ArcheAge - Are ArcheAge's Hacks Going to Kill The Game
ByDate: Oct 27 2014 Views:
ArcheAge is a game that has a lot of things going for it, but when it comes to the number of hacks and exploits that are available, it starts to drag the game down. Most games have at least a couple of small exploits that don’t affect much, and hacks like bots, but ArcheAge really takes the cake in terms of recent MMOs with regards to this.
The Number of Hacks and Exploits is Growing
It was recently reported that there were already around 10 hacks and exploits for ArcheAge. Since then, more of these have come to light. Some of these were bad enough as it was – such as land hacks that allow players to snag land in an automated fashion (even while offline), but now the bar is being pushed even further. The latest one to surface is the ability to change trades before they are completed, such that a both players input the items they are trading, and a hack can be used to alter that so that one receives little to nothing, despite what was locked in previously. Things like this can’t be prevented against through in-game methods, either, as they are done after the fact.
What makes the situation a bit worse is that while we know about a lot of hacks and exploits, there are numerous ones we don’t know about as well. The trade one has probably been there for a long time now, but only recently became public knowledge due to players making a complaint about it. There are also others, such as the ability to regrade items with 100% effectiveness, but there have only been claims – not any proof of them truly existing.
Trion has made a response to the claims of using land hacking in the past, as well as things like botting, but there wasn’t much done in the way of actually dealing with the situation. In fact, there were many forums dedicated to the hacks where players were speaking about how they were banned for using these methods and then were unbanned by simply making a request. Once this information went public, it caused a lot of public disapproval with the way things were being handled, as the players using these hacks knew exactly what they were doing.
Luckily, Trion does appear to have been dealing with the situation more harshly as of recent, with many players reporting ban waves, with some losing all of their accounts all at once. We could view this as being “too little, too late,” but as seen in the game’s economy, the effect has been showing up pretty clearly. Gold has been removed from the game, land has been removed (opened) and the market itself has been fluctuating since these true bans. And according to the players, the bans are permanent, making many second guess whether or not they want to risk it again in the future. After all, while the game is free to play, there is a lot of time lost when an account is banned. And if what’s going on right now is any indication of what to expect going into the future, it’s that Trion is ready to deal with this head-on and start punishing the players that try to skirt the system.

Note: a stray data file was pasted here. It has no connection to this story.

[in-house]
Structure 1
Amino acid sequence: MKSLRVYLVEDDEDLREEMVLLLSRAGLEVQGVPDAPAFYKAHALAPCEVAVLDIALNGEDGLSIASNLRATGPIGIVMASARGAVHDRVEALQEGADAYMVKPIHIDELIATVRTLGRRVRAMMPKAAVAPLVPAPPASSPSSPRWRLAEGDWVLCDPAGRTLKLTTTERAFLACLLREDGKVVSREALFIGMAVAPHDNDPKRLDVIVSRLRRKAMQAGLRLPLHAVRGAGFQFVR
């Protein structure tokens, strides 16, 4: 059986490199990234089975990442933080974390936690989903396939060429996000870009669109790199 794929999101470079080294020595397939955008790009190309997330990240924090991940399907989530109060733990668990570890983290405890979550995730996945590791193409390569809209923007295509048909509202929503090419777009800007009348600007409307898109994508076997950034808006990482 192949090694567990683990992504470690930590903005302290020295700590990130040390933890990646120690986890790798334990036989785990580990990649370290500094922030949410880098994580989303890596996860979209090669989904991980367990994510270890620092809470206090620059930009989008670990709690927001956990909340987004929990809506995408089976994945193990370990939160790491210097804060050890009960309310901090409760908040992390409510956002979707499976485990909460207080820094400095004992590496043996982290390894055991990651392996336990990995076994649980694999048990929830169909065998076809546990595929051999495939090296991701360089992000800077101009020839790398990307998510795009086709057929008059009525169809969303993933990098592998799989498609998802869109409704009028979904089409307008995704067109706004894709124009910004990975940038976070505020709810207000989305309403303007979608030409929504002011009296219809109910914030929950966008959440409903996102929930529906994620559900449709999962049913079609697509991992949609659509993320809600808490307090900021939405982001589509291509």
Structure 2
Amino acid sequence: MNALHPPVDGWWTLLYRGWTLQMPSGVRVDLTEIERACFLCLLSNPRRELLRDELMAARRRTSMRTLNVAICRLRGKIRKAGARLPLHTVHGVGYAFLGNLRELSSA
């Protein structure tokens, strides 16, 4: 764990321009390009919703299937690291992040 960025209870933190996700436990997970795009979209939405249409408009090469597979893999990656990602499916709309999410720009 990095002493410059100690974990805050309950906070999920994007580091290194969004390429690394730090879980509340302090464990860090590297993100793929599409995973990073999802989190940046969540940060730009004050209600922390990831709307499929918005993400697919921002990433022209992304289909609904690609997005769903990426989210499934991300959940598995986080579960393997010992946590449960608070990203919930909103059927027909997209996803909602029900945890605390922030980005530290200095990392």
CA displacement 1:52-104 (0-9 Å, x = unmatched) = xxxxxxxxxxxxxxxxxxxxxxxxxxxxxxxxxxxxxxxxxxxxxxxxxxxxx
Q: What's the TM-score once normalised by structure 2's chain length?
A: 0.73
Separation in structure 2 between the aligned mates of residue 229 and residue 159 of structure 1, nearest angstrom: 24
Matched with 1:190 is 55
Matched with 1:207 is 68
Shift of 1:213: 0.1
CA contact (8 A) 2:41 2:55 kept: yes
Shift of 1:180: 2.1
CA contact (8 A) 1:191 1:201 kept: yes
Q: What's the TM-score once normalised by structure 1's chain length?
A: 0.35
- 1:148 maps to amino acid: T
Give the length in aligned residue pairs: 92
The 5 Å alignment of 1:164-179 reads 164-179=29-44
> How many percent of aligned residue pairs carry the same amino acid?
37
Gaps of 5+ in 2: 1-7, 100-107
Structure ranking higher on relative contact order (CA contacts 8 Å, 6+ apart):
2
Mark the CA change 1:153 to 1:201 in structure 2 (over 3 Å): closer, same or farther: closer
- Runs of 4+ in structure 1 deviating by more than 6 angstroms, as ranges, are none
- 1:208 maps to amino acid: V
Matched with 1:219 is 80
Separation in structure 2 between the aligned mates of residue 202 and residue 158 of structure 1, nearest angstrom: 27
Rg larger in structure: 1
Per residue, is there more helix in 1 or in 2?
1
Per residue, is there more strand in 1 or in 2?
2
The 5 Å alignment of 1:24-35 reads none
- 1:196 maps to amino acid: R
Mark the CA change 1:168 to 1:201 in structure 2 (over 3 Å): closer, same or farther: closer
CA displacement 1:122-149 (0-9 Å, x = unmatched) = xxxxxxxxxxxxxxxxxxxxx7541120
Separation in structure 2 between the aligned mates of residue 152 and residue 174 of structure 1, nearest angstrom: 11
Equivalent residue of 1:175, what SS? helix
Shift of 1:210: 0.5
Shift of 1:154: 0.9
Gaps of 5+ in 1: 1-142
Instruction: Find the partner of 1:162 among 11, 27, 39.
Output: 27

What if Trion Drops the Ball Again?
Trion has already gotten a pretty clear response to their lack of doing anything in the past. When these hacks were becoming more and more common in the game and it was clear that nothing was happening to stop them, there were countless threads on the official forums and otherwise with players that were canceling their subscriptions because of them. After all, what’s the point of paying for a game just so you can own land… when you can’t own land due to hacks? It’s really not clear if it’s this action that started kicking Trion into high gear, but the community has already let the game publisher know what’s going to happen if the ball drops again in the future: there is going to be an exodus of subscribers. There may still be a lot of players taking part in the game still, but a lot of people are going to stop subscriptions since the hacks make them meaningless anyways.
Looking Into the Future
Some players were upset about “beating a dead horse” on the forums, with there being so many threads about a situation that wasn’t changing. It looks like it probably helped, though, and at least for now, ArcheAge is back alive again. The game has been losing wrongdoers, but has retained its legitimate players as a result. And Trion has once again been proving that they are capable of handling a situation, even if it requires somewhat drastic measures. So for now, the game lives. We just have to hope that Trion keeps up with what’s going on and stays adamant about handling it, as all it would take is another slip again to send ArcheAge into a downward spiral. And as players of the game, this is not something we want to see!